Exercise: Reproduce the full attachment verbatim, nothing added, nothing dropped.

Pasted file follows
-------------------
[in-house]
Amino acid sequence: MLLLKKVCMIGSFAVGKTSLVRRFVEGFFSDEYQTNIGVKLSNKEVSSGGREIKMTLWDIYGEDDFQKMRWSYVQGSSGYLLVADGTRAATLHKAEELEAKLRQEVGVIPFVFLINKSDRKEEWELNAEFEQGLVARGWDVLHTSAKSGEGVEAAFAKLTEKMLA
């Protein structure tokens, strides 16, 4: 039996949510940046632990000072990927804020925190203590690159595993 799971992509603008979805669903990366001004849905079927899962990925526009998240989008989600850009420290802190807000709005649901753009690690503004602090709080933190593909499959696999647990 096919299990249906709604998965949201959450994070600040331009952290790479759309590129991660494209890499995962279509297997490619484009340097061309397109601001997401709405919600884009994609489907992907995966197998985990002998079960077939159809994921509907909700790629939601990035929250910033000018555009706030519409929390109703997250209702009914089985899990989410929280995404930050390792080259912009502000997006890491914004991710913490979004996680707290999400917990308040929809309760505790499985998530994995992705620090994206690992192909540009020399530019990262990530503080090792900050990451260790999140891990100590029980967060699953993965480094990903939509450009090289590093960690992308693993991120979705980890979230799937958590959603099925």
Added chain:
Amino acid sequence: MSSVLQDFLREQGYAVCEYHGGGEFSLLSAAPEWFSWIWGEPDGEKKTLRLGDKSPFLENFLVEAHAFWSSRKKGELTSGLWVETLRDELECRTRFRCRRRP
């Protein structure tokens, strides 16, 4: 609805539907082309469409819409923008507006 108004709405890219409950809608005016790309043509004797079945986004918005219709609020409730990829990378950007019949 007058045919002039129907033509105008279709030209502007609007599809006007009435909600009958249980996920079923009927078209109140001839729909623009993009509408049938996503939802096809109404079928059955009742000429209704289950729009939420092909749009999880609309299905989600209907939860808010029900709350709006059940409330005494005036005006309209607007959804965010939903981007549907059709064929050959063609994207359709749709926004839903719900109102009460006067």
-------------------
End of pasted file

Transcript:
[in-house]
Amino acid sequence: MLLLKKVCMIGSFAVGKTSLVRRFVEGFFSDEYQTNIGVKLSNKEVSSGGREIKMTLWDIYGEDDFQKMRWSYVQGSSGYLLVADGTRAATLHKAEELEAKLRQEVGVIPFVFLINKSDRKEEWELNAEFEQGLVARGWDVLHTSAKSGEGVEAAFAKLTEKMLA
């Protein structure tokens, strides 16, 4: 039996949510940046632990000072990927804020925190203590690159595993 799971992509603008979805669903990366001004849905079927899962990925526009998240989008989600850009420290802190807000709005649901753009690690503004602090709080933190593909499959696999647990 096919299990249906709604998965949201959450994070600040331009952290790479759309590129991660494209890499995962279509297997490619484009340097061309397109601001997401709405919600884009994609489907992907995966197998985990002998079960077939159809994921509907909700790629939601990035929250910033000018555009706030519409929390109703997250209702009914089985899990989410929280995404930050390792080259912009502000997006890491914004991710913490979004996680707290999400917990308040929809309760505790499985998530994995992705620090994206690992192909540009020399530019990262990530503080090792900050990451260790999140891990100590029980967060699953993965480094990903939509450009090289590093960690992308693993991120979705980890979230799937958590959603099925």
Added chain:
Amino acid sequence: MSSVLQDFLREQGYAVCEYHGGGEFSLLSAAPEWFSWIWGEPDGEKKTLRLGDKSPFLENFLVEAHAFWSSRKKGELTSGLWVETLRDELECRTRFRCRRRP
């Protein structure tokens, strides 16, 4: 609805539907082309469409819409923008507006 108004709405890219409950809608005016790309043509004797079945986004918005219709609020409730990829990378950007019949 007058045919002039129907033509105008279709030209502007609007599809006007009435909600009958249980996920079923009927078209109140001839729909623009993009509408049938996503939802096809109404079928059955009742000429209704289950729009939420092909749009999880609309299905989600209907939860808010029900709350709006059940409330005494005036005006309209607007959804965010939903981007549907059709064929050959063609994207359709749709926004839903719900109102009460006067």